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The following is an edited transcript of this episode of Humans Outside.
When I first read productivity and time management expert Laura Vanderkam’s most recent book, Tranquility by Tuesday, one idea immediately caught my imagination. In her book Laura lays out 9 practices that her research has shown high performers use to make their life more tranquil, which is what we’re all going for here, right? She suggests things like moving your body by 3 p.m., having a back-up spot slated for anything that’s really important that you get done just in case your first plan falls through and heading outside every day. Oh hey, that sounds familiar doesn’t it?
But those weren’t the things that really stood out to me. Instead it was this: Laura suggests that each week you slate time to have one big adventure and one little adventure. They are not necessarily outside, but they can be.
Oh, I thought. What a tantalizing idea.
A little adventure, she says, is something slightly out of your normal habits that doesn’t take very long. This could be swinging by a different playground with your kids, hitting a new coffee shop, walking down a different path than your normal route or purposefully trying something more interesting for dinner. A little adventure is a little disruptor to your normal schedule, which makes it memorable. And it breaks up the monotony of your normal week, which gives you a break.
A big adventure is something a little further afield. It takes extra intentionality and planning. It lasts a few hours. To make it happen you really have to schedule it in. You probably need to do a little bit of research before going. It might feel like work to make it happen. But because of those things the adventure is extra memorable.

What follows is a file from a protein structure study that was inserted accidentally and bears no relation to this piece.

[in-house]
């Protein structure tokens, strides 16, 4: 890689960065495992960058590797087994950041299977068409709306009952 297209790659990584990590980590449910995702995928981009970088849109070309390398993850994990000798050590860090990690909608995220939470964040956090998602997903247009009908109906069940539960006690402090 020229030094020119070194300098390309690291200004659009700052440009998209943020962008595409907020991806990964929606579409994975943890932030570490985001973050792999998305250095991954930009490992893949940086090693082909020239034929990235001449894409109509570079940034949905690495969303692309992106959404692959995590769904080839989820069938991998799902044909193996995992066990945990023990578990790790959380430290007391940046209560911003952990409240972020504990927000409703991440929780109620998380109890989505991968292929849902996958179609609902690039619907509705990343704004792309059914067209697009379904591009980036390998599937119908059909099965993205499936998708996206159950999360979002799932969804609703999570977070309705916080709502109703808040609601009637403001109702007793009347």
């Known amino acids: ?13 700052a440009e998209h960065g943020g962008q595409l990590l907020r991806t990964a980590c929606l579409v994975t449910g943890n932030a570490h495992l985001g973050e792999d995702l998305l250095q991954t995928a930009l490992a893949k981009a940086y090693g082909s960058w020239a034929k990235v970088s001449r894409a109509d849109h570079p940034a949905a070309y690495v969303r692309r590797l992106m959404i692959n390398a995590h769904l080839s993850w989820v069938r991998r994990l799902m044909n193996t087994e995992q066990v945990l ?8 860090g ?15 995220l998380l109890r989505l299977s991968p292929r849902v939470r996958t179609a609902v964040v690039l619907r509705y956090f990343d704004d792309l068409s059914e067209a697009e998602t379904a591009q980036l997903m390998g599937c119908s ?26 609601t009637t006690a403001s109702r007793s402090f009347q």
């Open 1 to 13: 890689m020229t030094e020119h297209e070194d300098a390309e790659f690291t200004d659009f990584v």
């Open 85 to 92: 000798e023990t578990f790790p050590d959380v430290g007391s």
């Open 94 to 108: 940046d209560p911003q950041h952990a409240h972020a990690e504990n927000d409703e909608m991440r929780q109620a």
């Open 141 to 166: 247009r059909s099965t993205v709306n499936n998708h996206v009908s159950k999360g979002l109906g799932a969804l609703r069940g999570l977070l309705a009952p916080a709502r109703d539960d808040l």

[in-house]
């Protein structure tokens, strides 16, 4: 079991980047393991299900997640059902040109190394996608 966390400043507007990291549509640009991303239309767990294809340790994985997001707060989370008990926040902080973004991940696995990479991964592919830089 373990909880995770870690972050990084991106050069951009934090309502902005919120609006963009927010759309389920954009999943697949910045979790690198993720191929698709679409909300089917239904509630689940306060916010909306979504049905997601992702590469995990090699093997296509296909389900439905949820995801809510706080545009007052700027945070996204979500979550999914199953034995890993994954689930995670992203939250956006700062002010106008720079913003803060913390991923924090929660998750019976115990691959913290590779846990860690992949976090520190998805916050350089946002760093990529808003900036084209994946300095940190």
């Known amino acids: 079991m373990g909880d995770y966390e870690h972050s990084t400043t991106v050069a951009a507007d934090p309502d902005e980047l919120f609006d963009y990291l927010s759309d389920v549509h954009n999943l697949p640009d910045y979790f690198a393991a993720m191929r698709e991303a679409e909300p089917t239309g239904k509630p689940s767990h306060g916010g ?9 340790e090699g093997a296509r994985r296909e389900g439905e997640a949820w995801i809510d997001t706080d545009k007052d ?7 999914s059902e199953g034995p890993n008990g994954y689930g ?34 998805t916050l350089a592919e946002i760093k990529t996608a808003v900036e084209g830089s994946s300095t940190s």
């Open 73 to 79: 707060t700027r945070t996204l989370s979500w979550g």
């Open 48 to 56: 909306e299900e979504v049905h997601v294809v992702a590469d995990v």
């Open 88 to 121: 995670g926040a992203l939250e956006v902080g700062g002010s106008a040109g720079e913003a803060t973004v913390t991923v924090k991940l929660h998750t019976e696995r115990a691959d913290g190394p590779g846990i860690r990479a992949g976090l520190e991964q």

And memorable is what we’re going for here.
Now, there are a few reasons I really like this idea. First is a big theme you hear me hit on time and time again: intentionality. Doing anything out of the ordinary, big or little, takes intentional thought and planning.
Which brings me to the idea of disruption. When you have intentionality you bring disruption. You break yourself out of your mold and put yourself into a situation where you can have influential and transformative experiences because whatever you are doing is no longer route.
And now you’re in a place where you can have mindfulness because you are noticing what is happening around you because it is new.
I’ve been working to practice one big and one little adventure weekly since talking to Laura about her book for a podcast episode in Season 6, which I’ve linked in the show notes. My adventures are not always outside, though they often are. The idea has inspired me to head up to a different ski trail than I would otherwise hit, or take snowshoes out instead of simply going for a walk somewhere easy. It’s forced me to think through what big or little adventure I can do in any given week. It’s prompted me to try a new restaurant or schedule an extra ski afternoon with my kids. It’s what has inspired me to keep going back to a Thursday night run group I recently joined. The organizers pick the route each week, and it’s often not a route I would ever choose and sometimes it’s somewhere I’ve never been. Sometimes it feels like a big adventure even though the timing is more that of a little one. And every time I take my snowboard out to practice that new-to-me-skill feels like a big adventure.
The point is to be open to ideas and experiences, not just to check some boxes. And so far it’s working.